The 4D Audience Model: A Framework to Solve Problems about Data


When businesses collect more and more data, the end aim is to turn these details into information that will help them maximize company efficiency.
The questions are posed about the data are infinite, but the time and money to find the responses are not available, a person needs to plan, how to test the data for useful insights. However, when it comes to analytics, some of the questions may be ill-defined, inconsiderable, or even incorrect. Contributing to expensive, time-consuming procedures to process data that do not produce any actionable insights results in wasting precious time.

Using resources on useful data:
An analyst, Brent Dykes, after spending 15 years in consultation service, has built a framework based on the basic assumption that the issues that need to be addressed are guided by the viewer. For example, what the finance team cares about will be different from the interests or needs of the marketing or human resources teams. Hence, to produce impactful feedback, one needs to either consider the desires of the community or to explain the customer’s desire.

Brent Dykes, in his latest novel, “Effective Data Storytelling”, presented the 4D Audience Model, which focuses on four intertwined dimensions (4D)— problem, outcome, actions, and measures. Those four dimensions hold a balance in your details and give your queries a clearer focus. The system underlines the significance of improving the public’s sense and transparency on their main issues, difficulties, and goals. All the following dimensions contribute to enriching the research experience and allows a researcher to pose the right questions about the data:

Problem: A main problem or question that the community needs to address. A company may try to make one of the company elements more successful or productive than it is at present. For instance, the issue may be that the marketing department is failing to produce a sufficient amount of potential leads. The more it is able to grasp the problem and the implications, the more it will be able to discover possible triggers and remedies. If the problem is obvious, the company is less likely to run aimlessly through the details.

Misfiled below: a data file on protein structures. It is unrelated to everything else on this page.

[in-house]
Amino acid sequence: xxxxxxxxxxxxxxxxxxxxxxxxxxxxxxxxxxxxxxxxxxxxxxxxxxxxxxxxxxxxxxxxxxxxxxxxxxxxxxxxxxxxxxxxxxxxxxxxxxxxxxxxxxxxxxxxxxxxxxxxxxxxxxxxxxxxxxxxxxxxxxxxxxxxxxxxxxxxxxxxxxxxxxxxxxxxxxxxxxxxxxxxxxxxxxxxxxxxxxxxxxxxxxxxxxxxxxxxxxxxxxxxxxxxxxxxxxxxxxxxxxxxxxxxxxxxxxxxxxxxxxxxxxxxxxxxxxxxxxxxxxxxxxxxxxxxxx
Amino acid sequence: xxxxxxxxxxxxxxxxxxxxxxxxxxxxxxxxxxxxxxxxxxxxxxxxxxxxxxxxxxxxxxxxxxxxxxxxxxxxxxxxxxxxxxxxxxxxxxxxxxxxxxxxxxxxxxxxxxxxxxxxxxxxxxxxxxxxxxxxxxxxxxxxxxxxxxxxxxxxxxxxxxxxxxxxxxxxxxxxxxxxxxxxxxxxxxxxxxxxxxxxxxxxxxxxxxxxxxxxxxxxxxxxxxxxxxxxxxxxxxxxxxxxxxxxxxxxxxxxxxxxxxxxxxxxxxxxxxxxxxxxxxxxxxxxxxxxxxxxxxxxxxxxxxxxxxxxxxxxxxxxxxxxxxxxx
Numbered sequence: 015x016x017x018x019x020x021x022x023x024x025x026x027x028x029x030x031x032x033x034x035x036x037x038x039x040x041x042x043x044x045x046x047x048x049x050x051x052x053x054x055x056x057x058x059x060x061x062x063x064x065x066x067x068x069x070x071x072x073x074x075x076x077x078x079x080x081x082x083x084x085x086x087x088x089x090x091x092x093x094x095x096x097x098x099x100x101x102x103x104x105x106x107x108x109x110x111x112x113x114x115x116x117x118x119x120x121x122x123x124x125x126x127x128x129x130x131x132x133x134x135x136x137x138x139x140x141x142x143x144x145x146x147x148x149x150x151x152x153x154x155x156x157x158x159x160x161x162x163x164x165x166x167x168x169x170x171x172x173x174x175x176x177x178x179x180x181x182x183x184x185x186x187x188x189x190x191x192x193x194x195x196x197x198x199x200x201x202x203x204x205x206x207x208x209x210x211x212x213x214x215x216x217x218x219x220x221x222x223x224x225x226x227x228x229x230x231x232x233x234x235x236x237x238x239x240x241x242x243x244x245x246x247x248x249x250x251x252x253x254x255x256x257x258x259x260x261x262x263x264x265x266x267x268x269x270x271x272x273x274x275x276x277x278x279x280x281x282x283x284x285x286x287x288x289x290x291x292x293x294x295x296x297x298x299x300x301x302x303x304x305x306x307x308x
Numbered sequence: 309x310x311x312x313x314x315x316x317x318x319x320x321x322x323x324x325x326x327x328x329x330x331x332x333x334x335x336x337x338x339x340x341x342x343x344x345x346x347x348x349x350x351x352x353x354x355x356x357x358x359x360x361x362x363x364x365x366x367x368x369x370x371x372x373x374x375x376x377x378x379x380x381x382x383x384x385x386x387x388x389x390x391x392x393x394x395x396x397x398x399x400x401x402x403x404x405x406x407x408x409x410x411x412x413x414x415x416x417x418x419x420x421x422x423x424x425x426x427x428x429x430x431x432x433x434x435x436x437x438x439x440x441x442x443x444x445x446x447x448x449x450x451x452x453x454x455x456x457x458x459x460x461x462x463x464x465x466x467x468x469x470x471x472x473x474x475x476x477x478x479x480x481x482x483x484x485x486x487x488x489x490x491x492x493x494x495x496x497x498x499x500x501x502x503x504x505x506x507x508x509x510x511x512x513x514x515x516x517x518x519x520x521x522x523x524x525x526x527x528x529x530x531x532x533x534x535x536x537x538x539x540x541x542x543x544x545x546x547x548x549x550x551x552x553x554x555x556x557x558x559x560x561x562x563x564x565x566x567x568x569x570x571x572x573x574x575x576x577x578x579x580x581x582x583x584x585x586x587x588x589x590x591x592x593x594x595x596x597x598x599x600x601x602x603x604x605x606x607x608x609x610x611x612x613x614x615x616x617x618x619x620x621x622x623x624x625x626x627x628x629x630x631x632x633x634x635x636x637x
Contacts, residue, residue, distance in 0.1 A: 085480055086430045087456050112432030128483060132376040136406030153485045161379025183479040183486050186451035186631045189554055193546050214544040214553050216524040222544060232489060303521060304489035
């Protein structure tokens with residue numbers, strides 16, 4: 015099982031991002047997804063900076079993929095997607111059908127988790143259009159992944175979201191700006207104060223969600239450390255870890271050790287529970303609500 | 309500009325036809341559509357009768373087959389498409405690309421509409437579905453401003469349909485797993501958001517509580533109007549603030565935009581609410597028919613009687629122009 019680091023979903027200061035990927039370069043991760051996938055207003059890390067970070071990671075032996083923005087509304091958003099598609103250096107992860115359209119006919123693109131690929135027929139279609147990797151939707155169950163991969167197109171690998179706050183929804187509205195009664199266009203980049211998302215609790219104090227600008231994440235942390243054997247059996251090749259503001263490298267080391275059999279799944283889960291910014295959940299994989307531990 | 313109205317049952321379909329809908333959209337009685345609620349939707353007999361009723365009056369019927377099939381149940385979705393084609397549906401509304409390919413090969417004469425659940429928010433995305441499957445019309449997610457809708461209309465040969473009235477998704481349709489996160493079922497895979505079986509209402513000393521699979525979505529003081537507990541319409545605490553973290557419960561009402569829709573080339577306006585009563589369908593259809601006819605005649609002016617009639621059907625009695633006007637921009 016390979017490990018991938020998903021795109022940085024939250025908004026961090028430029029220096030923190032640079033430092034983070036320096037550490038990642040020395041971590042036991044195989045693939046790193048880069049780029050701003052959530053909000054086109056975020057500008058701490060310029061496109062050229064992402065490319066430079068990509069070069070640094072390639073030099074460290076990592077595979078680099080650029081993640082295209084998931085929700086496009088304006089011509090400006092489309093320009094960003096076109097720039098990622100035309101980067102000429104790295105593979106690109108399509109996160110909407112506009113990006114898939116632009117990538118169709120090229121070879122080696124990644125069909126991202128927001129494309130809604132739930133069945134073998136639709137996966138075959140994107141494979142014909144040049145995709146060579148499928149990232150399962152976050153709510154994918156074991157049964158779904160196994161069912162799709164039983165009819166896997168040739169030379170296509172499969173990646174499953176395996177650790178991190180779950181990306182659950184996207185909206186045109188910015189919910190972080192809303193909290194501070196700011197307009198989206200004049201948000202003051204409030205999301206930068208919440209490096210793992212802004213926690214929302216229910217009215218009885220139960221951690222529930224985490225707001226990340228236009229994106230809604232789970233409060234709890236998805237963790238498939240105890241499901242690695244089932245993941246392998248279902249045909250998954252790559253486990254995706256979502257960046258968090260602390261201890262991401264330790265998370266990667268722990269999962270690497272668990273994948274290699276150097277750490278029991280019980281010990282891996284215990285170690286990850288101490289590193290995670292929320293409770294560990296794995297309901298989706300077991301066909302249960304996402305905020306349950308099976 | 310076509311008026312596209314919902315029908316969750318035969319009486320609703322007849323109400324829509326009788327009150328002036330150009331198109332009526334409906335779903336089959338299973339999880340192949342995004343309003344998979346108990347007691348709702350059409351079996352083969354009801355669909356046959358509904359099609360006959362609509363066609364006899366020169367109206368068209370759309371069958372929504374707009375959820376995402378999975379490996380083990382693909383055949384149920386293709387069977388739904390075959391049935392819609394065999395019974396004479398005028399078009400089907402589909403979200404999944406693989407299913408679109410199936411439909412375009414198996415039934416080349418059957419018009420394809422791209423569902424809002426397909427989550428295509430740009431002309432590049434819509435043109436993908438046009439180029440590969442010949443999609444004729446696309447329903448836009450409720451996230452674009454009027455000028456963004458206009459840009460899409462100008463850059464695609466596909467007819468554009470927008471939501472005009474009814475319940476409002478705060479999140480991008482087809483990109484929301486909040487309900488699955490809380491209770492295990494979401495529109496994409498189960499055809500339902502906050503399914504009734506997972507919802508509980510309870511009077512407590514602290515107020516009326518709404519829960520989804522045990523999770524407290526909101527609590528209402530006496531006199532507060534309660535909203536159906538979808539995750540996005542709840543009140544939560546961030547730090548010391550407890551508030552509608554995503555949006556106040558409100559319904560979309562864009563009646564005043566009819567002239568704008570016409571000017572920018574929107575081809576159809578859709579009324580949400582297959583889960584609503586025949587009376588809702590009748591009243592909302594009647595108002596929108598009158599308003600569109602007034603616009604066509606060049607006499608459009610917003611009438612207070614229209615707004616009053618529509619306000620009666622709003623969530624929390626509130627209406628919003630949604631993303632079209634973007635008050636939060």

Outcome: “A business target or the intended end product that the viewer needs to accomplish”. When the problem is the present situation, the result is the potential or the ideal condition. If the intended result is clearly specified, one can realize how much of the difference there is and what needs to be done. For instance, the marketing department might have set the target of growing the number of leads by 60% over the next year. In case the result has not been decided by the group, one might need to set a fair one on their behalf.

Actions: “Main events and policy strategies the group has or should be adopted to solve an issue or accomplish a result”. That shows the investment, time, and energy that will be important and of the utmost value to the audience. For example, if the marketing department concentrates on increasing interactive marketing events or improving the digital marketing activities to generate further leads, any insights discovered on these activities or initiatives will be of great interest to the audience.

Measures: “Primary indicators and other data used to illustrate the problem, measure the success of the solutions, and identify the achievement of the desired result”. Not all data will be relevant or important to answer key questions. Knowing through metrics and measurements apply, as well as how to perceive what they imply, would be necessary to make a sense of the statistics.

GPS analogy and the 4D Audience Framework:
To show how these different dimensions come together and can help a researcher move strategically through the data, Brent Dykes has used a GPS analogy.

One can begin by identifying the point of initiation (their question or current state) and then discover what their expected endpoint is (their ideal result or potential state). Then, one can determine the route (actions or activities) and then assess towards their target (measures or primary metrics). This basic method means that one doesn’t get stuck in the data abundance and places the correct questions to ask about the results.


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